Tonsillectomy: Substantial Variability in Pediatric Hospital Care

MedicalResearch.com Interview with:
Dr. Sanjay Mahant, MD, FRCPC Division of Pediatric Medicine, Pediatric Outcomes Research Team (PORT), Department of Pediatrics, Institute of Health Policy, Evaluation and Management, University of Toronto, Child Health Evaluative Sciences, Research Institute, Hospital for Sick Children, Toronto, CanadaDr. Sanjay Mahant, MD, FRCPC
Division of Pediatric Medicine, Pediatric Outcomes Research Team (PORT), Department of Pediatrics, Institute of Health Policy, Evaluation and Management, University of Toronto, Child Health Evaluative Sciences, Research Institute, Hospital for Sick Children, Toronto, Canada

MedicalResearch.com: What are the main findings of the study?

Dr. Mahant: In a large cohort of children undergoing same-day tonsillectomy at 36 children’s hospitals in the U.S., we observed substantial variability in several areas. These include: processes of care, the use of steroids and antibiotics – for which there are national guidelines that outline the recommended use of these medications – and outcomes of usage, as well as revisits to hospital after surgery for complications within 30 days following surgery.

MedicalResearch.com: Were any of the findings unexpected?

Dr. Mahant: We were surprised at the degree of variation between hospitals in the use of medications (steroids and antibiotics) on the day of surgery, as well as the number of revisits to hospitals after the surgery for complications within the first 30 days. We expected to see some variation, but did not expect to see such a large range.

MedicalResearch.com: What should clinicians and patients take away from your report?

Dr. Mahant: For clinicians, our study highlights that complications after tonsillectomy that require a return visit to hospital are not uncommon. It also provides data on quality measurement and hospital revisit rates, which will be helpful for hospitals’ tonsillectomy quality improvement efforts.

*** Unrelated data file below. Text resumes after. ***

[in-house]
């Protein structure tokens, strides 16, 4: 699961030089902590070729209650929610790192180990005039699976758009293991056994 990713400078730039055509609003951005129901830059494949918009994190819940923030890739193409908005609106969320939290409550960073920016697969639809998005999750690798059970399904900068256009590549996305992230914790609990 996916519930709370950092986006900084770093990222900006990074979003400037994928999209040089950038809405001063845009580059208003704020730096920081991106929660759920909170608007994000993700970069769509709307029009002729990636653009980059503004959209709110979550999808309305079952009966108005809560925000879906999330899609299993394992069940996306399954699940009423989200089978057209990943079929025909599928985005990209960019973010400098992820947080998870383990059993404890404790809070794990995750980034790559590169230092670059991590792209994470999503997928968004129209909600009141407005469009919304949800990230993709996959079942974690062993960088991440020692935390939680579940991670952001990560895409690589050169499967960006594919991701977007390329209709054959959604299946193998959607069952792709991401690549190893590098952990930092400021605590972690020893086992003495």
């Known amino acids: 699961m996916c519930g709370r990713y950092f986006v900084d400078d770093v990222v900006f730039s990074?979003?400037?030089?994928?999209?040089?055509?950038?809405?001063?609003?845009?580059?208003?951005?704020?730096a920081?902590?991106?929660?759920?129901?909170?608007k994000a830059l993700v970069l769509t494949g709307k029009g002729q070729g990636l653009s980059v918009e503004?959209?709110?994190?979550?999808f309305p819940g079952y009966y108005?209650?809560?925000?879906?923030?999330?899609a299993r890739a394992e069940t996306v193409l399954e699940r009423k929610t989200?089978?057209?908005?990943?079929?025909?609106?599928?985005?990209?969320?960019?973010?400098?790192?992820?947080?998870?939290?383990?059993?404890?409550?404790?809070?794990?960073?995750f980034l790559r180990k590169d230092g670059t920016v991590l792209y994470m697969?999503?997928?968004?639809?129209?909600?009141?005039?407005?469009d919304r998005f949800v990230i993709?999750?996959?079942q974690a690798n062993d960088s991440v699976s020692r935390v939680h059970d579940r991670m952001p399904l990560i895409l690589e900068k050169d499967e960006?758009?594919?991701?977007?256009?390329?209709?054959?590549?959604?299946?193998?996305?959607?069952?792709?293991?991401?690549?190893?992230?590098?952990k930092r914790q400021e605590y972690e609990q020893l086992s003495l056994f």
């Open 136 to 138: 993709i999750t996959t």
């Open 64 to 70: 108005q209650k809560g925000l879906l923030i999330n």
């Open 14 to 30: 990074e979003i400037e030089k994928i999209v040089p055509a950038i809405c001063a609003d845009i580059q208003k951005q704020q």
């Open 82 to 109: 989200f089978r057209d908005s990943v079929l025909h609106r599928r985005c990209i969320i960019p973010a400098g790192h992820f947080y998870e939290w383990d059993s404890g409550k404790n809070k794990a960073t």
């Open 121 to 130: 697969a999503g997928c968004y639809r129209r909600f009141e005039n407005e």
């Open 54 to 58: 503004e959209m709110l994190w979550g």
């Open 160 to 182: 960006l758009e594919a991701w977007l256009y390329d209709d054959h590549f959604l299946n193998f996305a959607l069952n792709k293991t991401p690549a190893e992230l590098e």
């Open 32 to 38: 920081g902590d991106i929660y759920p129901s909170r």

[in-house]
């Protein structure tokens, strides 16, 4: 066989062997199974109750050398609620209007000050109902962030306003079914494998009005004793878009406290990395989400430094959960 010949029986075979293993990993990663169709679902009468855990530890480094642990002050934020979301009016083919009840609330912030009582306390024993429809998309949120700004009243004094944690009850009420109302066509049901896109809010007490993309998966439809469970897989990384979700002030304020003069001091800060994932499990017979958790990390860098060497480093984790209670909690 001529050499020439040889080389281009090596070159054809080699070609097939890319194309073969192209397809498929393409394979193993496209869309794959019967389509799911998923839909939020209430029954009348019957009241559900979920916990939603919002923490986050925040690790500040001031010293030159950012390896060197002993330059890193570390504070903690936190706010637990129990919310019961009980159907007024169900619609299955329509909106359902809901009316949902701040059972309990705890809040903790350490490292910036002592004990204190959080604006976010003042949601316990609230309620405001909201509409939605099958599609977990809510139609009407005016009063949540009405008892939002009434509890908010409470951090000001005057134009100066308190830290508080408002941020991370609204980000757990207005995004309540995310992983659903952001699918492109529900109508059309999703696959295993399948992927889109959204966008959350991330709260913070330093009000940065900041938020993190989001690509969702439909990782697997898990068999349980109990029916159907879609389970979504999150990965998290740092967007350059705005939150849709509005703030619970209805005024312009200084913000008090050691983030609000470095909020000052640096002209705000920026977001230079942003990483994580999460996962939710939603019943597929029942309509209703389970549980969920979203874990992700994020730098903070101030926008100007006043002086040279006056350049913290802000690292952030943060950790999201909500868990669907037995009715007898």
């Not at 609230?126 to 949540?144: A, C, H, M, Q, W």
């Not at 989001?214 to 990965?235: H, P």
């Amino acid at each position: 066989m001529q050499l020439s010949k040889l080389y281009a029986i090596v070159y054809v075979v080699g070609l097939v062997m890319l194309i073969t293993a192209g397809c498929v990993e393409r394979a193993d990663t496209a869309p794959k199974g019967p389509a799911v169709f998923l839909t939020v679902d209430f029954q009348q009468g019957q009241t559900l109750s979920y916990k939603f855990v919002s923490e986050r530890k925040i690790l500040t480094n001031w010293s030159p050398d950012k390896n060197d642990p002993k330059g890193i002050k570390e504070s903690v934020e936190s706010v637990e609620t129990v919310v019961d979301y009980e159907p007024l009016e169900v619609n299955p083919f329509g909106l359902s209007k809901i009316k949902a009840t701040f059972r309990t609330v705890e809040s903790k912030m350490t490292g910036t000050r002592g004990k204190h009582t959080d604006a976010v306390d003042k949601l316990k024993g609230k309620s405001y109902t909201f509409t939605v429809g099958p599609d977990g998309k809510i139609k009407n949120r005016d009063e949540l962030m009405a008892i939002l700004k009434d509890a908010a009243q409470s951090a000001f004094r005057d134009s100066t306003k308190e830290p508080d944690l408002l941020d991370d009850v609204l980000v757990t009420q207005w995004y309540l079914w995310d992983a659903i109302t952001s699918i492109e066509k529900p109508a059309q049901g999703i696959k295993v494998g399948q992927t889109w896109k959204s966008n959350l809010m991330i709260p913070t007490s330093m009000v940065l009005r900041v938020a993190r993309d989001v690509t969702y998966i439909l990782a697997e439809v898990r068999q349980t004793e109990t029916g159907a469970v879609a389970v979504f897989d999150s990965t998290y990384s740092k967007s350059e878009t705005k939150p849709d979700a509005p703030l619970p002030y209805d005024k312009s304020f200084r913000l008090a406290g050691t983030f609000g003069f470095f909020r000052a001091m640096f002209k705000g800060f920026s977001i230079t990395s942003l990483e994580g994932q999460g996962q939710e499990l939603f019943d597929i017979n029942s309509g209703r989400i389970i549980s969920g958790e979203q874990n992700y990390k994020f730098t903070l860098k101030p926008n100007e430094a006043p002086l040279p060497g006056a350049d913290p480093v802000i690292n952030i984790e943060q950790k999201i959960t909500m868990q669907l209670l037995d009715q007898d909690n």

Patients should take away that while tonsillectomy is a very common surgery in children, complications do occur and can be serious. Families should understand the goal of surgery and the potential complications for their child when making a decision about whether the child should undergo surgery.

MedicalResearch.com: What recommendations do you have for future research as a result of this study?

Dr. Mahant: We need to understand factors that are important for reducing hospital revisits for complications following tonsillectomy. Studying high-performing hospitals may be important to elucidating these factors. Furthermore, quality improvement work is needed to implement current evidence of best practices into hospitals.

Citation:

Variation in Quality of Tonsillectomy Perioperative Care and Revisit Rates in Children’s Hospitals

Sanjay Mahant, Ron Keren, Russell Localio, Xianqun Luan, Lihai Song, Samir S. Shah, Joel S. Tieder, Karen M. Wilson, Lisa Elden, and Rajendu Srivastava, for the Pediatric Research in Inpatient Settings (PRIS) Network

Pediatrics peds.2013-1884; published ahead of print January 20, 2014, doi:10.1542/peds.2013-1884